The catalyst according to the invention can be prepared in different ways using known per se techniques. Examples of such techniques are the application of the active component and/or components or precursors thereof to the support material by means of impregnation or precipitation, followed by drying and, if necessary conversion to a catalytically active material. The step mentioned last may for instance comprise calcining the dried material followed by reducing the calcined material. It is possible to apply, dry and calcine the hydrogenation component and the metal-oxide containing component one by one, or simultaneously, after which the material is finally reduced. Another way of making the catalyst according to the invention comprises the separate preparation of a support material with a hydrogenation component applied to it and a (optionally different) support material with a metal-oxide containing component applied to it. When the loaded support material particles are sufficiently small, by mixing a catalyst is obtained which satisfies all requirements of the invention.
The catalyst may be used in various forms, such as powder, pellets or extrusions. What form is chosen depends on the nature of the reaction and the type of reactor that is used.
The process according to the invention comprises in its most general sense reactions in which hydrogenation and/or dehydrogenation occurs. Examples of such reactions are inter alia the hydrogenation of benzene, "white oils" and solvents.
The process according to the invention can be carried out in various types of reactors which are suitable for hydrogenation and/or dehydrogenation, such a solid bed reactors, fluid bed reactors, trickle-phase reactors and the like.
In practice the process according to the invention is particularly important when feedstocks are used which contain a quantity of sulfur compounds, such as H2 S, mercaptans and thiophenes, because then pre-treatment of the feedstock can be omitted, and also no guard bed is needed. Moreover it is now possible for feedstocks which have a higher content of sulfur compounds to be hydrogenated or dehydrogenated directly, without the lifetime of the catalyst being shortened substantially. More particularly the invention is of importance for feedstocks which contain more than 1-5 ppm sulfur compounds, in particular in the form of H2 S, mercaptans and thiophenes.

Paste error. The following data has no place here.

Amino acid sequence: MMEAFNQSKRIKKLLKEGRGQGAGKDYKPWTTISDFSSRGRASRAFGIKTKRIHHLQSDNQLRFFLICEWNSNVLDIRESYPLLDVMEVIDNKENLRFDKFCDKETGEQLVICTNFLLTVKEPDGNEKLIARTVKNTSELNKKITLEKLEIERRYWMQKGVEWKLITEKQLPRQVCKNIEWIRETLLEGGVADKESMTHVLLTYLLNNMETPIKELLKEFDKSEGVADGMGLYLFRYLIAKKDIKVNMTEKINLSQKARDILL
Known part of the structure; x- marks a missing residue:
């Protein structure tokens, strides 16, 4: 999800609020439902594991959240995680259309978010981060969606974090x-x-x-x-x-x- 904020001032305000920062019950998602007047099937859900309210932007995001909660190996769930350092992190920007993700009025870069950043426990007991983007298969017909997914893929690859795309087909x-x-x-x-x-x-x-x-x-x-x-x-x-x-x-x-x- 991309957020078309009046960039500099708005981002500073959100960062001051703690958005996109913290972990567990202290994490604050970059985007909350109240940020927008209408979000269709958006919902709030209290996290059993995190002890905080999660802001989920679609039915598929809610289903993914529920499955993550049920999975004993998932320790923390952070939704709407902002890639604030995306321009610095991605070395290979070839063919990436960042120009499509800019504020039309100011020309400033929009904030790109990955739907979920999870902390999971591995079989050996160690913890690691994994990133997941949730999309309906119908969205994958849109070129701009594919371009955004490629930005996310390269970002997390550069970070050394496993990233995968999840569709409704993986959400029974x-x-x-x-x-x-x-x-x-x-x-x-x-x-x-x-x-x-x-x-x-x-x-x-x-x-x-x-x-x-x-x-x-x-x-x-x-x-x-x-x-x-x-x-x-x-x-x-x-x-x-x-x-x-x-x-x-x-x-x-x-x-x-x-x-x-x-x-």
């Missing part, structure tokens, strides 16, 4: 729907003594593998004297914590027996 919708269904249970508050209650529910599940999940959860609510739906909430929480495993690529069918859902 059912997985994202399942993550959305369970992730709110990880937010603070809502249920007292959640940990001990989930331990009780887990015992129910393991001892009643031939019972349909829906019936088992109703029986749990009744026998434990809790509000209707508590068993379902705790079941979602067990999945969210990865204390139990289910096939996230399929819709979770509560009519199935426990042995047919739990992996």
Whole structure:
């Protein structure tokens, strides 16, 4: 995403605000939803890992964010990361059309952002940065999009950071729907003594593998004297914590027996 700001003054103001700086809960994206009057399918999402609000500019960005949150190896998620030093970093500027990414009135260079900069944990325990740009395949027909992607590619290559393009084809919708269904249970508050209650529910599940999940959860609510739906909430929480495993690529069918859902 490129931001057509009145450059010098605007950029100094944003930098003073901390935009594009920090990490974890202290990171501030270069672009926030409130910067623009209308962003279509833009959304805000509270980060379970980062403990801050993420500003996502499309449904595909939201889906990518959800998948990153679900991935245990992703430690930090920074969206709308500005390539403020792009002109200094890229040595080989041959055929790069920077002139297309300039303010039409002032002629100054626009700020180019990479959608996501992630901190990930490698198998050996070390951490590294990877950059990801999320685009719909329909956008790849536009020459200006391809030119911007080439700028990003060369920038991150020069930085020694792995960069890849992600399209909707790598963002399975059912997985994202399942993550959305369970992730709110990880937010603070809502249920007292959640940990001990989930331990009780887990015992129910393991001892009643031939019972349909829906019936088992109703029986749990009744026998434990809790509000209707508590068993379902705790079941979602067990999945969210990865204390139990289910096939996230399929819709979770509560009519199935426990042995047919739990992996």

The invention is illustrated in and by the following examples.
Preparation I (catalyst A)
50 g aerosol 200 V, marketed by the firm of Degussa, was suspended in 3.5 1 demineralized water of 21° C. To this suspension 86.87 g NiCl2.6H2 O and 79 g urea were added. The pH of this suspension was adjusted to 3.0 by means of concentrated HCl. With vigorous stirring (300 rpm) the temperature was raised to 90° C. After 20 hours the suspension was filtered and washed with 30 l demineralized water. The material was dried in air at 110° C. for 16 hours. From this dried material a sieve fraction of between 0.60-0.85 mm was made. The BET surface area of this material was 276 m2 /g. By treating this sieve fraction for at least 48 hours in a gas stream of 50 ml/min consisting as to 100% of H at a temperature of 450° C., catalyst A was obtained having a specific nickel surface area of 19.1 m2 /Ni/gCat (71 m2 Ni/gNi), as was measured by H2 chemisorption.
50 g Kieselguhr was suspended in 2.5 l demineralized water of 25° C. The pH of this suspension was raised to 5.5 by means of concentrated HCl. In 1 l demineralized water 168.11 g FeCl3.6H2 O was dissolved. With vigorous stirring (300 rpm) this solution was injected into the suspension at a constant rate. During the injection the pH of the suspension was maintained between 5.45 and 5.55 by means of injection of an alkaline solution. Then the suspension was filtered and washed with 30 l demineralized water. The material was dried in air at a temperature of 110° C. for 16 hours.
Preparation III (catalyst B)